Lietuva in brief

  • 2014-05-01

The Parliament intends to refer to the Constitutional Court asking it to clarify whether the resolution announcing the referendum on the sale of land to foreigners on June 29 contradicts the Constitution, the Constitutional Act on Membership of Lithuania in the European Union, some other articles and the constitutional principle of the rule of law, reports ELTA. The draft resolution submitted by Member of Parliament Julius Sabatauskas was supported by 51 members of Parliament, while 32 voted against and 11 abstained. Although some parliamentarians resented the idea, the social democrat Member of Parliament Algirdas Sysas supported the proposal and said it would be better both for members of Parliament and the voters if the Constitutional Court clarified the situation. Lithuania committed to allow selling agricultural land to foreigners when it signed the EU accession agreement. A seven-year transition period had been established which was in effect until May 2011, but was later extended to May 2014.

President Dalia Grybauskaite removed Tatyana Mitkova, the representative of the Russian state media, from the list of persons awarded with the Medal of January 13, as Mitkova had rejected the medal herself, reports ELTA. According to the Russian media, Mitkova rejected the medal since she wanted to demonstrate solidarity with her colleague Dmitry Kiselev, who was stripped of the medal several weeks ago for discrediting the name of an awarded person. Kiselev, a Russian citizen, is included in the EU list of persons who are banned from entering the EU and whose foreign accounts are frozen. The Medal of January 13 was issued to commemorate the tragic events that took place in Vilnius on Jan. 13, 1991 and to honor persons, citizens of Lithuania and foreign nationals for outstanding performance in defending the freedom and independence of Lithuania from January - September 1991.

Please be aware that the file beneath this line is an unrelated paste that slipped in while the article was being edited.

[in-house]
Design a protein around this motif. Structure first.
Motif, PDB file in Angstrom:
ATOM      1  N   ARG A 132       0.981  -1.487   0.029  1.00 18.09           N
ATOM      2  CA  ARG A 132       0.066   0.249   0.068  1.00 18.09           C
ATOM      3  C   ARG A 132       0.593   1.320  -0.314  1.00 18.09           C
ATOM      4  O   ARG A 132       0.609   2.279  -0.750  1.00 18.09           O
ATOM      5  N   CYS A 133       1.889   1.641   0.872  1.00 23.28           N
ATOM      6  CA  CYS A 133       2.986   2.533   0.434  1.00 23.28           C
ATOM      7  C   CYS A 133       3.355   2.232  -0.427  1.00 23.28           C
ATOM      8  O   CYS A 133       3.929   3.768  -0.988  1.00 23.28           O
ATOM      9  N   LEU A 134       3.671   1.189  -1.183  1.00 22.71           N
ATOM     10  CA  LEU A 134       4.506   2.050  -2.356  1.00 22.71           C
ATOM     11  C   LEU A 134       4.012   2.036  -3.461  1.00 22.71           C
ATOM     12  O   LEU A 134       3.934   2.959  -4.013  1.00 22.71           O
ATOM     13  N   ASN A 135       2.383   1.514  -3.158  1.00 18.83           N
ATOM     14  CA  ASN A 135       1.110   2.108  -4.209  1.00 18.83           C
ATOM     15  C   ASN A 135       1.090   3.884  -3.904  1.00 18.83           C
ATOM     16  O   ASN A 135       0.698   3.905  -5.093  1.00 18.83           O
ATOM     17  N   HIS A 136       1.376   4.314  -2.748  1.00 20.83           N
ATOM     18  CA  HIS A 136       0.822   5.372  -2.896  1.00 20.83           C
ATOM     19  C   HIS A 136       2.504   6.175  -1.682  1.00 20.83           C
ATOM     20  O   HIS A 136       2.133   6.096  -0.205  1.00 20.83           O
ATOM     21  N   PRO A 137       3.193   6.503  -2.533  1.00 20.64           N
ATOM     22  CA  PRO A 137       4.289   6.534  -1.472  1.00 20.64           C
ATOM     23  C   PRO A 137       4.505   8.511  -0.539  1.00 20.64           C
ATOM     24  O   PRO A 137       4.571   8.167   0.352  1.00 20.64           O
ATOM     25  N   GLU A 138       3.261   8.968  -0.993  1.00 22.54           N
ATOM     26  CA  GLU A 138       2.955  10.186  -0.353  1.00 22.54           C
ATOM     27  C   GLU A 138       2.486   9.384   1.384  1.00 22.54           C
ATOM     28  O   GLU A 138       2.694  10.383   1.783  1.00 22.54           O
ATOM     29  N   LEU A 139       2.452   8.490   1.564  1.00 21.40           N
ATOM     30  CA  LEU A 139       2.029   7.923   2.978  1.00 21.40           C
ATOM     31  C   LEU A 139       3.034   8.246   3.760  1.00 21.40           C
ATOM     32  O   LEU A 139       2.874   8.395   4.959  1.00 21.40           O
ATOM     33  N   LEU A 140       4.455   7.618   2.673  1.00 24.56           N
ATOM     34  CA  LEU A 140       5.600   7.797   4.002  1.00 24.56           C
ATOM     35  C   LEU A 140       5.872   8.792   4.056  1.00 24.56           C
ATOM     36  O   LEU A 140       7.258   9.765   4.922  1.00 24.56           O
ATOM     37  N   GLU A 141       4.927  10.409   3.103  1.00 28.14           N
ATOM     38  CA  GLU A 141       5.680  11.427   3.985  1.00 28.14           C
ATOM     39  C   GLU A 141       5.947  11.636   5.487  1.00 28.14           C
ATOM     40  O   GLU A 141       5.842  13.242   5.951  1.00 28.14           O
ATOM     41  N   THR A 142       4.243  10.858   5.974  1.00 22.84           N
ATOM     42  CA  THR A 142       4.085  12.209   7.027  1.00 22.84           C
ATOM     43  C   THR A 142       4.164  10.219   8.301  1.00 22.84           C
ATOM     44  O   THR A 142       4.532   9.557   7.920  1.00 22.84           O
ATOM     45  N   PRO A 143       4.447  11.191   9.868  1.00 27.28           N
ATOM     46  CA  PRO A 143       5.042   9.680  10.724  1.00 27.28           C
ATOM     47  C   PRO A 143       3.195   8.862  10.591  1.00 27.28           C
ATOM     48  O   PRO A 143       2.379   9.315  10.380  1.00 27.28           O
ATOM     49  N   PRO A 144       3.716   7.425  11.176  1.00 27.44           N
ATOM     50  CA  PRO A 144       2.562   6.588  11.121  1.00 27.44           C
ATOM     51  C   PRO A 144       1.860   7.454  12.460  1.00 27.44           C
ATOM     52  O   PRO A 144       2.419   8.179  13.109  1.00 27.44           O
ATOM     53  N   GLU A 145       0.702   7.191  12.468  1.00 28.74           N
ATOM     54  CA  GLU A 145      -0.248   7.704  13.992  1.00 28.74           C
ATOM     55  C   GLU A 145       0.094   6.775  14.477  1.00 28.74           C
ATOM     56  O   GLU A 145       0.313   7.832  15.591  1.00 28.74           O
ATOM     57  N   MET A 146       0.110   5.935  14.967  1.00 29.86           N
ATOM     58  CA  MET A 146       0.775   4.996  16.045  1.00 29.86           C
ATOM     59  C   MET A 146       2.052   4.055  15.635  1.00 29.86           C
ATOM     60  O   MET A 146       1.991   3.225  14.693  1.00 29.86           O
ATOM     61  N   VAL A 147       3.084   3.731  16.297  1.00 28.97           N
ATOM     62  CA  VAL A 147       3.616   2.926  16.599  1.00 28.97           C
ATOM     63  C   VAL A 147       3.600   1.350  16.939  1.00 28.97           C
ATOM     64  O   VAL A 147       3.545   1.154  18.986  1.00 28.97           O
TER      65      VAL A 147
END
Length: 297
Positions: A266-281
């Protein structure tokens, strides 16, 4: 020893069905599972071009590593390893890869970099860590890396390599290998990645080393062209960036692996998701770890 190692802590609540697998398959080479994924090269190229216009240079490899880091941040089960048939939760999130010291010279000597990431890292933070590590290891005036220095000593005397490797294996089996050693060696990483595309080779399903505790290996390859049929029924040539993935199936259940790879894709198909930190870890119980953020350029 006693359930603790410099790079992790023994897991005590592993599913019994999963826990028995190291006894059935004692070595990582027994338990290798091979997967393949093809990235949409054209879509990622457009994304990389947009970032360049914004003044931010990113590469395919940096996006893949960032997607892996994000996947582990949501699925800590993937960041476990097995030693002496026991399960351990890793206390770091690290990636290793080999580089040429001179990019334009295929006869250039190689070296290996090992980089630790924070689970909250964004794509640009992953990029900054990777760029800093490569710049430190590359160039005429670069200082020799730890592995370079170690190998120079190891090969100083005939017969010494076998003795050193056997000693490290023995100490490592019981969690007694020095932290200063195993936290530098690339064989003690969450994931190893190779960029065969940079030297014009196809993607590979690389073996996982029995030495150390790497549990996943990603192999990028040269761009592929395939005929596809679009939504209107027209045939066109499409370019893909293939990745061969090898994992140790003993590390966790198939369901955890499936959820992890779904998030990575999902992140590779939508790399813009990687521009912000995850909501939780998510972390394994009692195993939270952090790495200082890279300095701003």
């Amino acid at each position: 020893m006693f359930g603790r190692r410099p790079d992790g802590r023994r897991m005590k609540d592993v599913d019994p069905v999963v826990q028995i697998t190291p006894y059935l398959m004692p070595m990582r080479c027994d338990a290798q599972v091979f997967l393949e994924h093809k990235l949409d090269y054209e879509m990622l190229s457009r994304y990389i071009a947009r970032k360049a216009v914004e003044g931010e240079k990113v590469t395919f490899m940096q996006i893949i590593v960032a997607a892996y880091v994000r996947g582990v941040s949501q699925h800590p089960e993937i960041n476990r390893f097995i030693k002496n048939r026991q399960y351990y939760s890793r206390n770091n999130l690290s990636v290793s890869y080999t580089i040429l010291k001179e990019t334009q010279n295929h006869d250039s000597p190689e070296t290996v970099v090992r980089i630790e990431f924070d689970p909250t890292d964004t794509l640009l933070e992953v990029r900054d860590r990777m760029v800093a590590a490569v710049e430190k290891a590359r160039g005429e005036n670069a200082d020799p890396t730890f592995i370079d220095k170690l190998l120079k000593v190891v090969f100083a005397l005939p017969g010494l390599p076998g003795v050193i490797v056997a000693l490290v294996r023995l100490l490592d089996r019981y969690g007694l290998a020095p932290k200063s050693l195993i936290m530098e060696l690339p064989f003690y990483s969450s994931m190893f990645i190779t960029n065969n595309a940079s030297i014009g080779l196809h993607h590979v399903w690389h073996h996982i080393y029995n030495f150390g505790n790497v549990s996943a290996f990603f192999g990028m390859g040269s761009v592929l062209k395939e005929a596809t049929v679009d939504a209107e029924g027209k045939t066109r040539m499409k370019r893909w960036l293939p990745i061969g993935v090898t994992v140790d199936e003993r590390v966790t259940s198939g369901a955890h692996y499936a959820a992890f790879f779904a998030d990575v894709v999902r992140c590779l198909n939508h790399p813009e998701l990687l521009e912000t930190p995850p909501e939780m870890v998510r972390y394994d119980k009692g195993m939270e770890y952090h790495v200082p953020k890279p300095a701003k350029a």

Fifty-six percent of Lithuania’s adults are dissatisfied and 34 percent satisfied with how democracy functions in the country, while 10 percent have no opinion on the matter, shows a survey commissioned by ELTA news agency and conducted on March 24-31 by opinion poll and market research company Baltijos Tyrimai. Satisfaction with democracy in Lithuania has not changed in the last month. Year-on-year, the number of those dissatisfied has increased by 5 percentage points. More often dissatisfied with how democracy works were men, people older than 50, residents of rural areas, workers, the unemployed and the retired, people of the Polish and Russian ethnic minorities, those with the lowest monthly household income of up to 1,500 litas (435 euros). However, more often satisfied with how democracy functions are people younger than 30, elementary and high school students, residents of cities, people with higher education, directors, specialists and civil servants, and people who work in state institutions or companies.